The Typesafe Stack runs on the Java Virtual Machine and works seamlessly with existing Java environments, while rejuvenating the Java platform for modern computing architectures and workloads. With Typesafe, any Java programmer can easily take advantage of advances in multicore and cloud computing.

By giving developers the right abstractions and hiding the implementation details, Scala and Akka can make developing software a lot simpler. Typesafe provides packaging, tooling, documentation, training, and services to ease the learning curve for Scala. If you can program in Java, you can use the Typesafe Stack.

When we first met the Typesafe founders Martin and Jonas last year, their deep understanding of the fundamental challenges of modern software impressed us. And when we saw that leading companies like Twitter, LinkedIn, and Foursquare had bet their businesses on Scala, we knew that we wanted to be in business with them. We feel that the team at Typesafe – and the Scala and Akka open-source communities – are bringing developers the tools they need to create the next generation of powerful software applications.

Bill Kaiser has been with Greylock Partners for 25 years, after holding down real jobs at Hewlett Packard and Apollo Computer. He has invested almost exclusively in software companies selling to enterprises.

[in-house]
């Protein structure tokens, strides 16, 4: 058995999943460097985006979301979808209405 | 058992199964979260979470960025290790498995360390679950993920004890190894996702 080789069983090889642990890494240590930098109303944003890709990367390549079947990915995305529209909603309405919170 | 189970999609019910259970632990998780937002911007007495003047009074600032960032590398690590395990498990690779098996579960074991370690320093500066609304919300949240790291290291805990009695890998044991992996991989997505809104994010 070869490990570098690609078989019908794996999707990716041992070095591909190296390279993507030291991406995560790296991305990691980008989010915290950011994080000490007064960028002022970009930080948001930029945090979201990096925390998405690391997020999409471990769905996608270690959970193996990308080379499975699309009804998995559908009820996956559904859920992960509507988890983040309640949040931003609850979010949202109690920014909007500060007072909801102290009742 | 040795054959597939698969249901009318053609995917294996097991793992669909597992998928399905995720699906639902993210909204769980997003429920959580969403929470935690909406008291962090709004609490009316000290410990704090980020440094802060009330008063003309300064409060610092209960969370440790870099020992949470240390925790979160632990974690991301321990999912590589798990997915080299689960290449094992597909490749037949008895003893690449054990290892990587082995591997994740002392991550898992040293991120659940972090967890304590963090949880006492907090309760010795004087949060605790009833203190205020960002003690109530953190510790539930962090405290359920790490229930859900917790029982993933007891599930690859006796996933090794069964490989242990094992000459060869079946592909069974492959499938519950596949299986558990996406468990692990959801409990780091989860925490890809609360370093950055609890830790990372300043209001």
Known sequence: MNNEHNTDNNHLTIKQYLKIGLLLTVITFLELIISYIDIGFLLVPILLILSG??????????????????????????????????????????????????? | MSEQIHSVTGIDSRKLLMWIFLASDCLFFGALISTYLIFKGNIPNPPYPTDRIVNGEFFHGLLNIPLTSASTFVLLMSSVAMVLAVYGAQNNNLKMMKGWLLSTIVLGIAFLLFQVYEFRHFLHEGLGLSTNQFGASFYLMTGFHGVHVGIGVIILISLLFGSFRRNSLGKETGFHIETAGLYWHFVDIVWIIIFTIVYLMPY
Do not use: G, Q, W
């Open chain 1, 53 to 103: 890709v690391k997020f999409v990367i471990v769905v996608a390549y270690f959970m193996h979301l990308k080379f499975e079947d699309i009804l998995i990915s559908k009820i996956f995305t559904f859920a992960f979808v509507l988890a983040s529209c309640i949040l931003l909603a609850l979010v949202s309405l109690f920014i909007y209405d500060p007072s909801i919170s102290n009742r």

Donald Fischer is a principal at Greylock Partners, focusing on enterprise software, software-as-a-service, open source, mobile and cloud computing.

Image courtesy of Flickr user JanneM.

4 Responses to “Why Modern Applications Demand Modern Tools”

  1. What an excellent piece on the fact that “Shifts Happen”. The formalization of computing in the cloud from the long ago days of ASP’s to today’s SaaS over PaaS and through well thought out robust IaaS offers is a new decade of exciting opportunities. Building on a new approaches and making the web be more alive with content in context and more relevant. The LiveWeb and it’s here today! If you’re willing to stand on the edge of the future the rest of those who will follow seems simple.

  2. Sounds and looks pretty interesting, but …
    Trying to repeat Erlang success w/o support of a big corporation (like Ericsson) or open source community can be extremely hard for small start up.

  3. Given what happened with AWS recently and the fact that Foursquare (and not Netflix) went down in a big way, what do you think that says about pushing things to the cloud.

    I have a couple of SaaS apps, and we are constantly debating the feasibility of using the cloud for data storage. Our apps are for the healthcare industry, so any loss of info is catastrophic to our business.

    Is Scala something we should be looking at?

    • In my opinion, your situation means you can’t afford to have a single point of failure, whether in the cloud or your data center. The way you organize your operations is more fundamental from that perspective than the specific technology stack you use. Netflix’s post-mortem on how they avoided any significant issues from the AWS outage is probably the best read to start with.